In an article about The Scaredy Cats Horror Show podcast, a shot from horror movie Get Out
The podcast specifically caters to people who dislike horror and scary movies. (Image via Google Images)

If You Hate the Horror Genre Then You’ll Love ‘The Scaredy Cats Horror Show’

The new podcast is helping people learn how to deal with their fear of watching horror movies.

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In an article about The Scaredy Cats Horror Show podcast, a shot from horror movie Get Out

The new podcast is helping people learn how to deal with their fear of watching horror movies.

I must confess, when it comes to horror movies, or honestly anything remotely fear-inducing, I am a scaredy-cat. My heart races when I hear creaks and bumps in the night. I once went to a haunted house with a group of friends, and I had to spend the entire time holding on to one of my friends’ hands to make it through. Whenever I see or hear something even remotely frightening, my immediate reaction is to run away.

Probably the scariest piece of media that I have ever made it through is Netflix’s “Stranger Things,” which, though a brilliant series, is really not that scary. Earlier this summer, I watched “The Invisible Man,” which is also not that scary. But I couldn’t sleep that night; it haunted me for weeks.

As it turns out, I am not the only one to experience such a volatile reaction to horror movies and shows. PJ Vogt, the host of Gimlet Media’s podcast “Reply All,” feels exactly the same way.

How do I know that Vogt is also a scaredy-cat? Well, he’s not exactly shy about it. This summer, along with “Reply All” co-host Alex Goldman, Vogt started a podcast that is directly geared toward people like us: “The Scaredy Cats Horror Show.”

“The Scaredy Cats Horror Show” adheres to a very specific premise. Basically, Goldman, a self-proclaimed horror aficionado, comes up with a list of horror movies for the scaredy-cat Vogt to watch in succession.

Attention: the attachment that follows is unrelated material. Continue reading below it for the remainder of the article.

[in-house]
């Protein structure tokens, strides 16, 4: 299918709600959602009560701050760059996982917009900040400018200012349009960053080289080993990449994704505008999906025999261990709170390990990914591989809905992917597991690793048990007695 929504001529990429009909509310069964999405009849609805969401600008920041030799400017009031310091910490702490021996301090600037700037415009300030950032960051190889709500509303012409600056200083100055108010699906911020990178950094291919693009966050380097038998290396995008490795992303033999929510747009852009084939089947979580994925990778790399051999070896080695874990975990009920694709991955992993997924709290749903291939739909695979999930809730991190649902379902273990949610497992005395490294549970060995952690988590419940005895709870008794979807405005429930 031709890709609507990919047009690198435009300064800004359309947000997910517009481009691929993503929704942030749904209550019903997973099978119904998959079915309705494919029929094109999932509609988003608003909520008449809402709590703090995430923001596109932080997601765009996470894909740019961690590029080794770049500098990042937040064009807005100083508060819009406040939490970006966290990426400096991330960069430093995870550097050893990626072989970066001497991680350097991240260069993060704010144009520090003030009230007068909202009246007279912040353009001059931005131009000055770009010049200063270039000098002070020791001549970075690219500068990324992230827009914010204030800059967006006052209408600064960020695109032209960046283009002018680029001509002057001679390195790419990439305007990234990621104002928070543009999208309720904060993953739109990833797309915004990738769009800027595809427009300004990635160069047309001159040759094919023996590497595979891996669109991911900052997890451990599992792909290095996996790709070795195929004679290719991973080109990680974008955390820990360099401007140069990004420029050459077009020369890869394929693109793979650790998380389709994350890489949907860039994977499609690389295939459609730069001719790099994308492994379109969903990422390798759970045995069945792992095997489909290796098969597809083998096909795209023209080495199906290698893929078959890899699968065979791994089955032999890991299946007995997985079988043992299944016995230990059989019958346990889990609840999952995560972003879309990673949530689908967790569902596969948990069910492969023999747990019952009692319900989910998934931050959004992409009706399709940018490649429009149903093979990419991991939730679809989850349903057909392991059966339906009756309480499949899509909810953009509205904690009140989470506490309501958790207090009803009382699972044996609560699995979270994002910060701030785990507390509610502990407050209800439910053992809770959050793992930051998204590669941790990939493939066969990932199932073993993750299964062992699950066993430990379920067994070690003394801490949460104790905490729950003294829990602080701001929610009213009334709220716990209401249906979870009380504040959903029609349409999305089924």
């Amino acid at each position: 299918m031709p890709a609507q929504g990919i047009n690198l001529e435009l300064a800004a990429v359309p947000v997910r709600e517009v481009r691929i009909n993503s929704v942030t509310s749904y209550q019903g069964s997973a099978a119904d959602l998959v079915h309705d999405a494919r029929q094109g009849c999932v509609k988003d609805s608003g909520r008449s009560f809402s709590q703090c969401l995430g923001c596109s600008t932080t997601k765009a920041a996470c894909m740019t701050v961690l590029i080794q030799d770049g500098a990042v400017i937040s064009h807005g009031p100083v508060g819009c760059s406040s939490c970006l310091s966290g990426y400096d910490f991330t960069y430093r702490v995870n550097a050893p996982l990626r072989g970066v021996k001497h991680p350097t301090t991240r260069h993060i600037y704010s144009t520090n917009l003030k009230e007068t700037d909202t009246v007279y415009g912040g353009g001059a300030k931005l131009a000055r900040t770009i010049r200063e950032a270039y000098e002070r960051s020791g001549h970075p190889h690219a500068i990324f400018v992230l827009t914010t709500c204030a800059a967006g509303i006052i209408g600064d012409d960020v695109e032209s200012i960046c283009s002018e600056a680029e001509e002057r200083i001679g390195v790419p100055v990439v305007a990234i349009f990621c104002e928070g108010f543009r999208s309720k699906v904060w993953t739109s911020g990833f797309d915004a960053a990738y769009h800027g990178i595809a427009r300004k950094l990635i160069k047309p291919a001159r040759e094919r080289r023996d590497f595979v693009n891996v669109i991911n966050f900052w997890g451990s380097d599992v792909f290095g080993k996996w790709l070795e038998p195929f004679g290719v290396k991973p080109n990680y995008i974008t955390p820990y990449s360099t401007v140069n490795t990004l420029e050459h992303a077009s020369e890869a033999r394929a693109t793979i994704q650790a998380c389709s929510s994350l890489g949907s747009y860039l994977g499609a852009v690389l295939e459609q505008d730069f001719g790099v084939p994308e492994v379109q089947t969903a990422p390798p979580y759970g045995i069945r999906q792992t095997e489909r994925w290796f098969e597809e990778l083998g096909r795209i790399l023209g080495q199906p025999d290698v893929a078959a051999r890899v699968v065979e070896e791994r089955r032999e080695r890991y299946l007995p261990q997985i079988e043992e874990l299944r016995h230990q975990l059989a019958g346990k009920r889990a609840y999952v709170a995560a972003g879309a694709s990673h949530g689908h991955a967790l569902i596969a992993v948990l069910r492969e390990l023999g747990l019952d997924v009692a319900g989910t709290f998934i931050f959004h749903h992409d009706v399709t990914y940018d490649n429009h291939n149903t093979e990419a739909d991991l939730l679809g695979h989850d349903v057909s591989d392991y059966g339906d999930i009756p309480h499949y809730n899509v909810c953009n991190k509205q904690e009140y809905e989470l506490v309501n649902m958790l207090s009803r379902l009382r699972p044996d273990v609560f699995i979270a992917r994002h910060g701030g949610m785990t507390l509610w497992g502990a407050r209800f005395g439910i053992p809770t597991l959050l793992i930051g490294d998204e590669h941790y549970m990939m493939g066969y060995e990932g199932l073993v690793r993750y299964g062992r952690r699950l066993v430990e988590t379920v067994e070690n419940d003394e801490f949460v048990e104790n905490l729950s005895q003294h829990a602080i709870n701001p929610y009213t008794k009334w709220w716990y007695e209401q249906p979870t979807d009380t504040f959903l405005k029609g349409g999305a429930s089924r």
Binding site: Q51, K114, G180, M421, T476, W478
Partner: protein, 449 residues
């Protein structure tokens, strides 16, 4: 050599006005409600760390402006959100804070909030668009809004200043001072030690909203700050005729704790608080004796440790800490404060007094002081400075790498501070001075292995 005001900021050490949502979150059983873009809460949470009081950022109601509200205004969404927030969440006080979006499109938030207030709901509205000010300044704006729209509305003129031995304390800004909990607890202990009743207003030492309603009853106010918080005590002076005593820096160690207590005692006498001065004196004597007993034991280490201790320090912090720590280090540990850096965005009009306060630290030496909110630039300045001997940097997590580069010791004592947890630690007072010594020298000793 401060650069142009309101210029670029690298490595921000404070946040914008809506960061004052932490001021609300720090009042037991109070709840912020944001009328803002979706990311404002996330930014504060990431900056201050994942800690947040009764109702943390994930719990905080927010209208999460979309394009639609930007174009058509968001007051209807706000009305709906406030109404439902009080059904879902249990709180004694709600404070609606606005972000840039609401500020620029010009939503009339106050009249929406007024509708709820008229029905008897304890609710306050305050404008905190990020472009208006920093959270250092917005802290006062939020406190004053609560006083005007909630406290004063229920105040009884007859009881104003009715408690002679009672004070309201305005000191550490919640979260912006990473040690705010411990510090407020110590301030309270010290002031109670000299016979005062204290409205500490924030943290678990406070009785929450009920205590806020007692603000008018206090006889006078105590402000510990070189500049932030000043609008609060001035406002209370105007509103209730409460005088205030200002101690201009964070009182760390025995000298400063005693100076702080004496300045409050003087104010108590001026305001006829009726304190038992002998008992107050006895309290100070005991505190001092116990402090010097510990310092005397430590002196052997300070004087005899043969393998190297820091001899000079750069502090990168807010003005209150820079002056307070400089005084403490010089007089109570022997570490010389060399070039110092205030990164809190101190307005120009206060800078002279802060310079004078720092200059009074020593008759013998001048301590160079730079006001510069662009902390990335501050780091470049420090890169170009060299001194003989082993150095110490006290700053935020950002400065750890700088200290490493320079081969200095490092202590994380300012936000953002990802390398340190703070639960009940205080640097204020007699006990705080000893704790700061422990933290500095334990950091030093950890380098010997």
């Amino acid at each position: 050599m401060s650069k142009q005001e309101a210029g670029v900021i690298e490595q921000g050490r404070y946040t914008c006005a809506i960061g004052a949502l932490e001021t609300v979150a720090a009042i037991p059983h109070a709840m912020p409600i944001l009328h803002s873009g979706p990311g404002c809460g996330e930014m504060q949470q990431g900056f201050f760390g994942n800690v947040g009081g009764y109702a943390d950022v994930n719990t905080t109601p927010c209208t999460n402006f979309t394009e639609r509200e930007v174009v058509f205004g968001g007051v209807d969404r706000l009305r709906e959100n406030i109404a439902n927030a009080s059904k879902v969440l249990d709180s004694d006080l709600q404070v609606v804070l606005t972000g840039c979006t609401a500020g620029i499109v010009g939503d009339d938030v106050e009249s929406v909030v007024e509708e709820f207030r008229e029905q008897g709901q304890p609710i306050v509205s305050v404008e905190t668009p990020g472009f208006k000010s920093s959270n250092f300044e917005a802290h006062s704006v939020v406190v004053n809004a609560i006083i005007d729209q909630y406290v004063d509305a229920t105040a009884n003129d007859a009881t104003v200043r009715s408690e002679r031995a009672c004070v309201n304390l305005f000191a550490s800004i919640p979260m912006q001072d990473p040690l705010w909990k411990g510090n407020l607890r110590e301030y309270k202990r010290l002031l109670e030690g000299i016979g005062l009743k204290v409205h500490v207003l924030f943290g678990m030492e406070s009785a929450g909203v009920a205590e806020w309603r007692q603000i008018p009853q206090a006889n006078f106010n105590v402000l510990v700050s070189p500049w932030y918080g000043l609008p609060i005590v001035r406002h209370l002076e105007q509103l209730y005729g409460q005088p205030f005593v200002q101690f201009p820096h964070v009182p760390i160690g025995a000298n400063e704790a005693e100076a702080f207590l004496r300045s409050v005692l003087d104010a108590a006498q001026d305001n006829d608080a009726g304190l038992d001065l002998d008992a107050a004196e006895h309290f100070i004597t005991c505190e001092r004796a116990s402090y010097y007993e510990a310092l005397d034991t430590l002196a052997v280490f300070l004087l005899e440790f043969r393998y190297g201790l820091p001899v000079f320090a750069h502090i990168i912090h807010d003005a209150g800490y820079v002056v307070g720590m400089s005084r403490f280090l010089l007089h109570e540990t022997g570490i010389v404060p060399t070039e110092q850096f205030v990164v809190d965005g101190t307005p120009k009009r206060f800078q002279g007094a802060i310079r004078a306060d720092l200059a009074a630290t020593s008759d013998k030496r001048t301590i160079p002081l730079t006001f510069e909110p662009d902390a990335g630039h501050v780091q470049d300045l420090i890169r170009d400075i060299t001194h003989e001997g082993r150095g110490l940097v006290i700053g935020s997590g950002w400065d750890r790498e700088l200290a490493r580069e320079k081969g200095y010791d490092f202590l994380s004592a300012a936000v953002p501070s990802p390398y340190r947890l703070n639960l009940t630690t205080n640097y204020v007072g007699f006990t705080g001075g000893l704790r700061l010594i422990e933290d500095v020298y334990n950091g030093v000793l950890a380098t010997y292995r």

The idea is that by watching the movies, Vogt will gradually become desensitized to the scary aspects of horror movies, and he will eventually be able to watch culturally relevant works that he has had to skip — in particular, Jordan Peele’s 2017 film, “Get Out.” Each episode of the podcast is based on Vogt’s reaction to one — or in the case of Episode 4, two — of the scary movies that Goldman has picked out.

Vogt and Goldman are both invested in figuring out if such desensitization is actually possible.  “Together, they want to find out if it’s possible to become a person who enjoys fear,” reads the podcast’s website.

But the list of movies that Goldman comes up with does not grant Vogt the luxury of a slow immersion into the world of horror. The first movie that Vogt is required to watch is none other than William Friedkin’s 1973 horror classic, “The Exorcist.” Next up is another classic film, Wes Craven’s “The Nightmare on Elm Street,” followed by Ridley Scott’s “Alien.”

Next, with the input of guest host Carmen Maria Machado, Goldman decides to hit Vogt with the one-two punch of Ari Aster’s “Hereditary” and “Midsommar” as the final horror movie requirements before Vogt can finally enjoy “Get Out.”

Beyond simply watching the movies from beginning to end, Vogt has to adhere to a strict code of horror movie watching conduct, imposed by the podcast’s first guest, Jason Mantzoukas. The “Mantzoukas Rules,” as the hosts affectionately coined them, involve watching the movies with the lights out, alone, at night and with limited distractions. Vogt agrees extremely reluctantly.